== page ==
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Tassie Logging Agreement Toppled?

By Ian Lowe

Logging is continuing in Tasmanian forests of high conservation value months after an agreed deadline to cease logging has passed.

Last year there was reason to be optimistic about Tasmanian forestry. After decades of political fighting, the contending parties came to an historic agreement. Foresters, loggers, the timber industry, environmentalists and government signed a set of principles that formed a basis for the future. Logging would stop in forests of high conservation value, there would be a significant investment in plantations to provide a secure supply of wood for future needs, and responsible value-adding would be explored.

It looked like a win for industry, a win for government and a win for the natural values of the wonderful Tasmanian forests. It would have been a repeat of the arrangement brokered by the Beattie government in Queensland, ending the logging of native forests and putting the industry on a secure plantation basis for the future.

Now the reports I am getting from Tasmania suggest that the historic agreement seems to be unravelling. Months after the deadline to cease logging forests of high conservation value, logging tracks are still being forged into the forests and coupes are still being clearfelled. The level of expected funding for the transition did not materialise in the recent Commonwealth Budget. And there is still deep division in the Tasmanian community about the proposed Gunns pulp mill.

While there is wide support for the principle of adding value to forest products, rather than the irresponsible trashing of old-growth for cheap woodchips, the corruption of the process by the Lennon government has left a legacy of distrust. There is a solid body of local opposition to the proposed site in the Tamar Valley. There are other possible sites where a pulp mill would have local support, but Gunns has resisted calls to consider those sites.

Forestry Tasmania appears to be locked in its past attitudes, making it difficult to see a resolution. The Commonwealth government really needs to intervene and salvage the historic agreement or we risk going back to the guerrilla warfare of the past.

As you read this column I am in Spain walking the Camino del Norte, a path stretching more than 800 km along what we call the Bay of Biscay and locals call the Mar Cantabrico. It is one of several caminos, or paths, winding across Spain to the ancient city of Santiago de Compostela.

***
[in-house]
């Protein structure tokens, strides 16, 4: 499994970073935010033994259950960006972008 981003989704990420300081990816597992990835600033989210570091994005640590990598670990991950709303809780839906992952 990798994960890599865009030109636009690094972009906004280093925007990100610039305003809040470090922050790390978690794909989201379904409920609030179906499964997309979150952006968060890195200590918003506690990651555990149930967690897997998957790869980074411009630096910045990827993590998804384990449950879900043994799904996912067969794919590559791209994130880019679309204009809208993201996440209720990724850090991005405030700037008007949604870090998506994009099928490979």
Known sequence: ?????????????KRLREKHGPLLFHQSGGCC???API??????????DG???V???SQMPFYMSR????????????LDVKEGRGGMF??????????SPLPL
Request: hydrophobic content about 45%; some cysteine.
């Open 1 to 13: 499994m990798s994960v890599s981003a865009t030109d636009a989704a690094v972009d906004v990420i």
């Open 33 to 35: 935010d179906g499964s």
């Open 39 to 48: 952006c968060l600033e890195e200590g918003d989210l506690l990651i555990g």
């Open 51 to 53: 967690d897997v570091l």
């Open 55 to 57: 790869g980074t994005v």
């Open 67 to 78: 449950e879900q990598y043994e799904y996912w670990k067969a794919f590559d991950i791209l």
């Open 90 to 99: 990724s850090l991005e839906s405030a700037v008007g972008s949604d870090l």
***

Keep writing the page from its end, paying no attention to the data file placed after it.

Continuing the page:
About 100,000 people per year walk between 100 and more than 1000 km to reach the common destination. The tradition of walking to Santiago developed around a preposterous medieval myth that the body of the murdered Christian apostle James was carried to Spain in a stone boat and then buried at a remote spot on the north-west coast, not far from Finisterre (which was regarded as the end of the Earth until Columbus sailed off to the Americas).

The modern tradition of walking to Santiago has great support locally, and no wonder: I estimate it tips about €100 million (A$150 million) into the economy of rural Spain. Buying paella and an occasional vino, I am doing my bit to keep the euro afloat.

While Spain is doing well out of back-packers, Australia is not at the moment. The policies that are good for one sector can be bad for another. The settings that have helped mining and mineral exports have driven up the value of the Australian dollar, making our manufacturing less competitive and reducing the attractiveness to foreigners of our tourism and education.

Among the many outrageous claims being made to delay serious action to slow climate change, the most dishonest is the assertion that our economic future depends on continuing to subsidise mining and mineral processing.

Dr Richard Denniss, who heads the Australia Institute, points out that the very idea of a nation´s competitiveness has no credibility within economics, because no economy is homogeneous. The settings that make it easier for Australia to export cheap commodities like coal and iron ore make it harder for our manufacturers to compete, and also undermine our service sectors.

Manufacturing, education and tourism are all larger sectors of the economy than mining, so the current policy of subsidising minerals is bad for the overall economy. Phasing out the huge public subsidies should be part of the concerted response to climate change.

Ian Lowe is Emeritus Professor of science, technology and society at Griffith University.